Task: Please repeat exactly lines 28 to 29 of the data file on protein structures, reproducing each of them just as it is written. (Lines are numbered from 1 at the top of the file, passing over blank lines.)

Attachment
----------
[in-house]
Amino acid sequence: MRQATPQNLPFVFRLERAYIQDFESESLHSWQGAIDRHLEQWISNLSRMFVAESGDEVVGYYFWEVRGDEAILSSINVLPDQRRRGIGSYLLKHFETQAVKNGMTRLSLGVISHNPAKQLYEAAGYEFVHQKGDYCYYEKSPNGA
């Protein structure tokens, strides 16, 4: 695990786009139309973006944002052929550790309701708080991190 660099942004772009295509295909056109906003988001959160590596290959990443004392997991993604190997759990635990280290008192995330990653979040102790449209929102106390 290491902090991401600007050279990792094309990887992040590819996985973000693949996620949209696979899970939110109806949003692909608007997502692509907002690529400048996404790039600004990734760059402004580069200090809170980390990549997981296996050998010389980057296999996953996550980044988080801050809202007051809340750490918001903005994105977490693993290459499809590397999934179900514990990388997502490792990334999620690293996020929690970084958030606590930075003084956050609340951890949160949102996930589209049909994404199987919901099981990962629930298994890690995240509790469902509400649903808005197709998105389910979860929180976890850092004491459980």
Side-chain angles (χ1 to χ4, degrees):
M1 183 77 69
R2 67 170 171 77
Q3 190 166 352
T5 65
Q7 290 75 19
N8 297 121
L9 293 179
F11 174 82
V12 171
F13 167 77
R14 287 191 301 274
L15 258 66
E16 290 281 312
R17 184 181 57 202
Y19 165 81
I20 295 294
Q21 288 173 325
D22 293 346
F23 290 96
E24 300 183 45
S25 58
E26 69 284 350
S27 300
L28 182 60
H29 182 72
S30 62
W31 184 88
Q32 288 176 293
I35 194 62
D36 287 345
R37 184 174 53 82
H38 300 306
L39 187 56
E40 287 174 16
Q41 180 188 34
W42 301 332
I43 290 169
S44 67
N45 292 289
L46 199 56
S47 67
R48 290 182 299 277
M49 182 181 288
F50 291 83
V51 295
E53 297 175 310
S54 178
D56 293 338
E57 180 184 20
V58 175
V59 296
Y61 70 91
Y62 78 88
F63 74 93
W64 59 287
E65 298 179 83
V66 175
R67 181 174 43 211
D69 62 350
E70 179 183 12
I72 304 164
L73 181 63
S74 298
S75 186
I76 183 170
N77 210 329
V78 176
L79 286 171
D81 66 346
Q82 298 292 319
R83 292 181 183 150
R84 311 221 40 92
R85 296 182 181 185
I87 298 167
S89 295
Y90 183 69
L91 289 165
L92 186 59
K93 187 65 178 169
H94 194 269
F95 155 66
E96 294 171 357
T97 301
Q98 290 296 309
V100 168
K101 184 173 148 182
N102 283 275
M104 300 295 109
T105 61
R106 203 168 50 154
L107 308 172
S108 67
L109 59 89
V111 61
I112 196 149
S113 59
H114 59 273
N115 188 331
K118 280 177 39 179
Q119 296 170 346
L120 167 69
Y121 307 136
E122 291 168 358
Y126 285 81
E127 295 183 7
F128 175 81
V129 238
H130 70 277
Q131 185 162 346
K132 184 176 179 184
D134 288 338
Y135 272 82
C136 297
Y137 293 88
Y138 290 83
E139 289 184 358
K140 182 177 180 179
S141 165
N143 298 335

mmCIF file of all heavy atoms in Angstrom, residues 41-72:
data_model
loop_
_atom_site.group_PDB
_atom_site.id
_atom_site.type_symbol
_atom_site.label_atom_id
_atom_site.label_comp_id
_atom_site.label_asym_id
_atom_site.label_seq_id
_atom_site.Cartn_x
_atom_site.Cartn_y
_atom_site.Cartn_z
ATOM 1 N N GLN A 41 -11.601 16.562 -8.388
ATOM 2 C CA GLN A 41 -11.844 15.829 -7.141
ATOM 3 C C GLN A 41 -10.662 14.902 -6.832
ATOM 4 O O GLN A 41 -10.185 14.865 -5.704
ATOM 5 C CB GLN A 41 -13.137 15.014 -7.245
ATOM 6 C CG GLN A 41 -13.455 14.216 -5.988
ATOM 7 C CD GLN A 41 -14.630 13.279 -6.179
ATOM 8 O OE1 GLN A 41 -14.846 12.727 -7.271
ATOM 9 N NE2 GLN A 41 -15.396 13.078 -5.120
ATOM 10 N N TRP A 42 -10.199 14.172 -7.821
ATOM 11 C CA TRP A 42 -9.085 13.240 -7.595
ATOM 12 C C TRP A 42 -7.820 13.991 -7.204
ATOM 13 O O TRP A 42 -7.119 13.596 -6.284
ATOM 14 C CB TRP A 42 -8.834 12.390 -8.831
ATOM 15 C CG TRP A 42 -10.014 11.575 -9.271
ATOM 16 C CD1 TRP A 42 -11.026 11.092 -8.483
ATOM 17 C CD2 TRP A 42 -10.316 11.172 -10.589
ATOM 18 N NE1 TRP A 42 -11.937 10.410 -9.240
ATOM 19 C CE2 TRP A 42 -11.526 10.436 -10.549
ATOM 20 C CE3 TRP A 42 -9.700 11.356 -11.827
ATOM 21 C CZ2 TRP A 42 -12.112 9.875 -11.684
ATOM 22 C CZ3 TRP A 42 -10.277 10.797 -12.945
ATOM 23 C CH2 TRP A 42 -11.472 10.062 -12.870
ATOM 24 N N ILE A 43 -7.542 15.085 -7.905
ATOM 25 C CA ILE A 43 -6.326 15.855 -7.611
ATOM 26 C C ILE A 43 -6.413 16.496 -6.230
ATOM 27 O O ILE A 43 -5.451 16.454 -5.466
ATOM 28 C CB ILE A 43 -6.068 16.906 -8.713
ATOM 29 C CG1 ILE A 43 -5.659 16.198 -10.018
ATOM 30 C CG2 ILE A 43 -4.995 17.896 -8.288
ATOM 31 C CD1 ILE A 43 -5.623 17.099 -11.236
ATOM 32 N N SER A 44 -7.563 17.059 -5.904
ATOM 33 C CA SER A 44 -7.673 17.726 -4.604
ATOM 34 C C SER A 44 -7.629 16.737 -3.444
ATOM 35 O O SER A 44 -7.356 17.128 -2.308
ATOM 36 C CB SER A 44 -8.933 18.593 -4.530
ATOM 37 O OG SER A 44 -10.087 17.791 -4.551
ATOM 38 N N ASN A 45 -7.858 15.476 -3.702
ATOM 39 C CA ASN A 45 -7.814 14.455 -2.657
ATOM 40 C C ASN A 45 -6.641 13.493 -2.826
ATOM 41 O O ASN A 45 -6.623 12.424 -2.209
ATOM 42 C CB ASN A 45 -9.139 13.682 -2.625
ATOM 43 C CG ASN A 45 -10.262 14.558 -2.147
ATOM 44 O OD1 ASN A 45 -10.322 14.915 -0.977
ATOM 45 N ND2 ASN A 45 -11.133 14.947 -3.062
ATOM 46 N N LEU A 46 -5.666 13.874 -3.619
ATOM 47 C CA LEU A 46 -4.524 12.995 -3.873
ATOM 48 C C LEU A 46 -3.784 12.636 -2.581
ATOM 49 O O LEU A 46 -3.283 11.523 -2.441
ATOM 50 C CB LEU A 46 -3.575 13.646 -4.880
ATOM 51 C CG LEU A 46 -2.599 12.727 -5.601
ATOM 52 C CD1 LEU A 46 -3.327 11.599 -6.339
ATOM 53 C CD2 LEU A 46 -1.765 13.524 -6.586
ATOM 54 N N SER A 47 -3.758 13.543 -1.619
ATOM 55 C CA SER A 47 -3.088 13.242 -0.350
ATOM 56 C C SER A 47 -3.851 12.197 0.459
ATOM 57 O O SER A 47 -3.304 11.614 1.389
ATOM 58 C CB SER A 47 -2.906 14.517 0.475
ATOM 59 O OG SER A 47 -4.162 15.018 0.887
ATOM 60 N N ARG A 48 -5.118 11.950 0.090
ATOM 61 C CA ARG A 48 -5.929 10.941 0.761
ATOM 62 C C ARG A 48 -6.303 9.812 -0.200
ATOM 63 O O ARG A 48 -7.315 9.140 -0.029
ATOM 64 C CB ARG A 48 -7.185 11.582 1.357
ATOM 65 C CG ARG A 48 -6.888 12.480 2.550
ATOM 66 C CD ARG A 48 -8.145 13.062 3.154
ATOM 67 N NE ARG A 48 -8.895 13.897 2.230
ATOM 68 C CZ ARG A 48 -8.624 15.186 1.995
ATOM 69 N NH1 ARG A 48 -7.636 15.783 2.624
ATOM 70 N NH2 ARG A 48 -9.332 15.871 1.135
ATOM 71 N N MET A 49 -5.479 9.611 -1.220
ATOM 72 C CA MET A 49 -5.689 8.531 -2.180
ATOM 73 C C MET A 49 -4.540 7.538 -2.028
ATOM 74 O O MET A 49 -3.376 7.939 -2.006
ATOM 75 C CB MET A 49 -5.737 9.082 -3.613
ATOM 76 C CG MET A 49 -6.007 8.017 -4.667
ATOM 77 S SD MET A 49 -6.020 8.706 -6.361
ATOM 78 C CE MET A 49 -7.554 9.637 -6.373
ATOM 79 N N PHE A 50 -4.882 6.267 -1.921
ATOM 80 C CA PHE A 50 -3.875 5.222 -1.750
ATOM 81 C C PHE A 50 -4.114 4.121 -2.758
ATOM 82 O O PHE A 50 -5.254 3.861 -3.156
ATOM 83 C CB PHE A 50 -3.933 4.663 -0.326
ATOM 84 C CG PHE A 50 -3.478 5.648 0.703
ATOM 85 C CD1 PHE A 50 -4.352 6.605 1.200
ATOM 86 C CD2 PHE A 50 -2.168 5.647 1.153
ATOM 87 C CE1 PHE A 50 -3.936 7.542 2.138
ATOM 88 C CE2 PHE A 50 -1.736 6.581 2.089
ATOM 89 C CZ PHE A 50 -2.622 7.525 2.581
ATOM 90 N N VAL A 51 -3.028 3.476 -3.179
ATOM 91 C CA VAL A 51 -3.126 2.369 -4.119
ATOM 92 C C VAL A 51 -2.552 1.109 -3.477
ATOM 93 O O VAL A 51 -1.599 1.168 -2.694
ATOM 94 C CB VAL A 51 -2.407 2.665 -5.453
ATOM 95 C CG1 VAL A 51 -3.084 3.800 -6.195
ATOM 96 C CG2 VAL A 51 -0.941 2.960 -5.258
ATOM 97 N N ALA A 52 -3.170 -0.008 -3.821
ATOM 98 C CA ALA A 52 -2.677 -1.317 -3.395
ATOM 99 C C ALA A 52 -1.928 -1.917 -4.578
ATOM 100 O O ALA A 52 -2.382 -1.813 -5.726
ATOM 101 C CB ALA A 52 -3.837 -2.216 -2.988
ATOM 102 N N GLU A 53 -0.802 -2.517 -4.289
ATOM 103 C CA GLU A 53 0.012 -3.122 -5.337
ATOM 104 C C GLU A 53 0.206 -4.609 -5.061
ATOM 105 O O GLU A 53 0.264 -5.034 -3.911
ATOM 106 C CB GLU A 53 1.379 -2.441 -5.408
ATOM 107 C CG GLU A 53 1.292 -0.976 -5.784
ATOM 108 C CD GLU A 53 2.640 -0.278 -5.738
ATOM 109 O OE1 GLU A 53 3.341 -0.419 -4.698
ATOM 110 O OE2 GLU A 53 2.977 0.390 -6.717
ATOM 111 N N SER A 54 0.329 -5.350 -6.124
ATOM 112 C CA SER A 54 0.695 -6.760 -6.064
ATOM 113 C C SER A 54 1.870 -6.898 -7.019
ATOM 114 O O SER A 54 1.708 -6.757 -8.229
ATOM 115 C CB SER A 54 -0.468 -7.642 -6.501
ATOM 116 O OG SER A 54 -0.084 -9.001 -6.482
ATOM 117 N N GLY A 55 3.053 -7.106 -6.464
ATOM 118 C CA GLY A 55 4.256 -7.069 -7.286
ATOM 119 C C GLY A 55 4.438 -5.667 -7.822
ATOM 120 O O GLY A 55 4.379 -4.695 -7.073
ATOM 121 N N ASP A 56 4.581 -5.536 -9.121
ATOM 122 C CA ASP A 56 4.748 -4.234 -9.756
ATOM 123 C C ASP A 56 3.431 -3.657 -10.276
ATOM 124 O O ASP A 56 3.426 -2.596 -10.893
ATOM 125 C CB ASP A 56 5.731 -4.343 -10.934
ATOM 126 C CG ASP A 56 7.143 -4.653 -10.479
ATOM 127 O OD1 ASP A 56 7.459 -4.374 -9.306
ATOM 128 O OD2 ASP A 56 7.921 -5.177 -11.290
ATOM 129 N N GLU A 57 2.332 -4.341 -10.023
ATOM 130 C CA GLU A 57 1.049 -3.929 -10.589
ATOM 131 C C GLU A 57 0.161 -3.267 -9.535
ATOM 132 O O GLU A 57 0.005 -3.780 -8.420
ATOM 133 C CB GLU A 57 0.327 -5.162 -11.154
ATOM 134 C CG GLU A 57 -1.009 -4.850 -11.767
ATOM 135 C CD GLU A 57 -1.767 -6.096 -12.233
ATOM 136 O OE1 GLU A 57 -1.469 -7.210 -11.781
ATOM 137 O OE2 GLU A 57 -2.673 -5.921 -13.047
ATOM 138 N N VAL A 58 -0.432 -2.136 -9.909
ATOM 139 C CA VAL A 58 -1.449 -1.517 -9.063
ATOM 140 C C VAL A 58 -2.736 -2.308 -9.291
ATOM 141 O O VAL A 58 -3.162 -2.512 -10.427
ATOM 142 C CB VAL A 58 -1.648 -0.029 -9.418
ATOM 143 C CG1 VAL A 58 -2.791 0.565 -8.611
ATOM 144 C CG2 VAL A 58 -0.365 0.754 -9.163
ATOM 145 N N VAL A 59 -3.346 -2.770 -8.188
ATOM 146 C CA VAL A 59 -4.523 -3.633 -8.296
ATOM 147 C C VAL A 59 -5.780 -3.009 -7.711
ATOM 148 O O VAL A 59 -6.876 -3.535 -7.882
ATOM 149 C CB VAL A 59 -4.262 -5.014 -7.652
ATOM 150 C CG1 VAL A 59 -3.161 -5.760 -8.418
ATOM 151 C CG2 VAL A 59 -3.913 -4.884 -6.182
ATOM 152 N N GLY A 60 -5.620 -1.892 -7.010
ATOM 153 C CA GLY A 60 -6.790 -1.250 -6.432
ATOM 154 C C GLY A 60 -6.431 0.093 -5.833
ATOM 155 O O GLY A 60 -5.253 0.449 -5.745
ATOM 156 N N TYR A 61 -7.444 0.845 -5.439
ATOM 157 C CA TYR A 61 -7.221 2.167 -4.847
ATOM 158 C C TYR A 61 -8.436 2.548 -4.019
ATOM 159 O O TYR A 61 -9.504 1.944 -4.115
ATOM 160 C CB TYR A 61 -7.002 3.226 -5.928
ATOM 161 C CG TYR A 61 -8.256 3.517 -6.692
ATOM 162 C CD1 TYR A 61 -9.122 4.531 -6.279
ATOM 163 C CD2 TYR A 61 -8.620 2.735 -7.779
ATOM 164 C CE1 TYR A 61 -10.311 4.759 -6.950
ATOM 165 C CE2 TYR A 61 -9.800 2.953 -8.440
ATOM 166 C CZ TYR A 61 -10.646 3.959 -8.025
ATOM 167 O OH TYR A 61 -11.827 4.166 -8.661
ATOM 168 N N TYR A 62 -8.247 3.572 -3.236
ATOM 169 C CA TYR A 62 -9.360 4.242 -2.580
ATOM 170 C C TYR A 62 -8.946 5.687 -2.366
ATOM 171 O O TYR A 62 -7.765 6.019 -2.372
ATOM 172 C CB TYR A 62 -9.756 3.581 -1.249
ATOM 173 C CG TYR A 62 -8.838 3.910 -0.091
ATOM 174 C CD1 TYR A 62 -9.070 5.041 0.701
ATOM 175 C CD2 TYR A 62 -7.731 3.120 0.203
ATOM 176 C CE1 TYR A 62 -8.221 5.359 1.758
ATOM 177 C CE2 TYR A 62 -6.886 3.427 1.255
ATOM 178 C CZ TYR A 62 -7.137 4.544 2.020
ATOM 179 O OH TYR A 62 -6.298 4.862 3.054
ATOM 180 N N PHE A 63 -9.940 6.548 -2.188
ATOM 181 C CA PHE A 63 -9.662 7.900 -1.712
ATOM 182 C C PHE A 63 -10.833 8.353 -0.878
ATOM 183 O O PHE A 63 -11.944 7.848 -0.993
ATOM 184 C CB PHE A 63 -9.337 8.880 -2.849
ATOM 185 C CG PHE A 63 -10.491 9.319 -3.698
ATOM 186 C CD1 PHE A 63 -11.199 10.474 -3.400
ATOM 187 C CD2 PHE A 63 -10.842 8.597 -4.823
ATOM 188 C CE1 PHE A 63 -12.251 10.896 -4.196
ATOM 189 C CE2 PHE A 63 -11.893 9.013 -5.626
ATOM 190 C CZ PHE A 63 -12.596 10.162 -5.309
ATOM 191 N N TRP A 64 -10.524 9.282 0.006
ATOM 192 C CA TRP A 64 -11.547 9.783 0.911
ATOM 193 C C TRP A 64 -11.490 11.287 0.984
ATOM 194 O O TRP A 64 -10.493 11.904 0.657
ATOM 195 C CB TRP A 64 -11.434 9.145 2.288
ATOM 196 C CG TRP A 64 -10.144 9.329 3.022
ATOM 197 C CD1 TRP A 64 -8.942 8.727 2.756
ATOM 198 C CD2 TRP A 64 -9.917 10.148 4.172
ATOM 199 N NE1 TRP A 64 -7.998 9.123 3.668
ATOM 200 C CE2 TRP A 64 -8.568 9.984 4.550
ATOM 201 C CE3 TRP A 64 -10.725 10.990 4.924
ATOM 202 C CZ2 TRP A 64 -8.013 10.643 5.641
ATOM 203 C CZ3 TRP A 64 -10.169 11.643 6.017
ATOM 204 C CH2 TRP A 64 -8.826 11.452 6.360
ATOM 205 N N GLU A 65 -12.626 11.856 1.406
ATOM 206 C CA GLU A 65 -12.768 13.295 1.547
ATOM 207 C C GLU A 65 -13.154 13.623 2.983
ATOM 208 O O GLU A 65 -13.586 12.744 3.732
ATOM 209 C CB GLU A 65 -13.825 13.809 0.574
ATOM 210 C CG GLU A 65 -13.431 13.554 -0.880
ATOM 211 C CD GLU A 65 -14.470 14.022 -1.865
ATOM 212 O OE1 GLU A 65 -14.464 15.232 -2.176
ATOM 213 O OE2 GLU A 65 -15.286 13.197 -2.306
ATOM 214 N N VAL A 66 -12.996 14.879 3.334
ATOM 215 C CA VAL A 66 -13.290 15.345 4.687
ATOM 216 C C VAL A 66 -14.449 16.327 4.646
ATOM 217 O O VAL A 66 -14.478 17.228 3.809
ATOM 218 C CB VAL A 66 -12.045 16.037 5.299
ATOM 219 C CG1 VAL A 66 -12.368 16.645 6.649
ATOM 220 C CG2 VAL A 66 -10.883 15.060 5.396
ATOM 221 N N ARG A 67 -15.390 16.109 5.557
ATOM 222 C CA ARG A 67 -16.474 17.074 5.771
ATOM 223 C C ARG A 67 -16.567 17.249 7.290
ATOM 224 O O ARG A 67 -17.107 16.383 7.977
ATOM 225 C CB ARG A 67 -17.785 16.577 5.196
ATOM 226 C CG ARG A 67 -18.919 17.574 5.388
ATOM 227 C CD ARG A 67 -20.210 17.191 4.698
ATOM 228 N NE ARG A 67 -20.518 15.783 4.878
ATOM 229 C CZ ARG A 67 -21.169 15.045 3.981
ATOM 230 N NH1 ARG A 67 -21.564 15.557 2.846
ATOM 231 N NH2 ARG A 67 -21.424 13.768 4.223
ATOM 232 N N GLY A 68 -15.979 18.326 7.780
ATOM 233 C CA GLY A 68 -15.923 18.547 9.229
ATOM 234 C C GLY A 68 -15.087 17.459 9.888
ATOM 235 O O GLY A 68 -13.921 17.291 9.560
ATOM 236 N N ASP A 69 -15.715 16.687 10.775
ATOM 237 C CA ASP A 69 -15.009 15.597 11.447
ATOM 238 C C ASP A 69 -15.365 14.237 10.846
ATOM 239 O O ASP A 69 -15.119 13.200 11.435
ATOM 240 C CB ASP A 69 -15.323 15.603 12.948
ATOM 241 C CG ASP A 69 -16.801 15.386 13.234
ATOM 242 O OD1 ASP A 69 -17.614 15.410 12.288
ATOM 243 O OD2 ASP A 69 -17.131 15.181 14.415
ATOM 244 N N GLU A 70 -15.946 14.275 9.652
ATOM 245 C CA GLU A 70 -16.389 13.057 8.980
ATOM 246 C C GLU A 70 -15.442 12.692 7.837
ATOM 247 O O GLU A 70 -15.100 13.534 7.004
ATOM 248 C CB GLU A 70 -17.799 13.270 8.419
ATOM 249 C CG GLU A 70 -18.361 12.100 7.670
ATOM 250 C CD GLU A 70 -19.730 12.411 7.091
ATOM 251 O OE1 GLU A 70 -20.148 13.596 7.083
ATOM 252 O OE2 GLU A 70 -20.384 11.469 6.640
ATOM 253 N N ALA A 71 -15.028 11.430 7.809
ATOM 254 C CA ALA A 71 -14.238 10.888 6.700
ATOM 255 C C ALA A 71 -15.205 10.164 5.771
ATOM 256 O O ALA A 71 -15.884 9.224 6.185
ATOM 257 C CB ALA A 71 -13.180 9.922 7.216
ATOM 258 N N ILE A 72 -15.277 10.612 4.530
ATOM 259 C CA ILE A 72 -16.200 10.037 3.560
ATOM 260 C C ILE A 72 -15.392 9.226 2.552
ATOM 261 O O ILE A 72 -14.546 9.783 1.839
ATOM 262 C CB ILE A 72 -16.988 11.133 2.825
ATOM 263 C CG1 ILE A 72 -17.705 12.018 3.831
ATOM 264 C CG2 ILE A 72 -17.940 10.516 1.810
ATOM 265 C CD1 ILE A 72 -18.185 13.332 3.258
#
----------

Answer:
L28 182 60
H29 182 72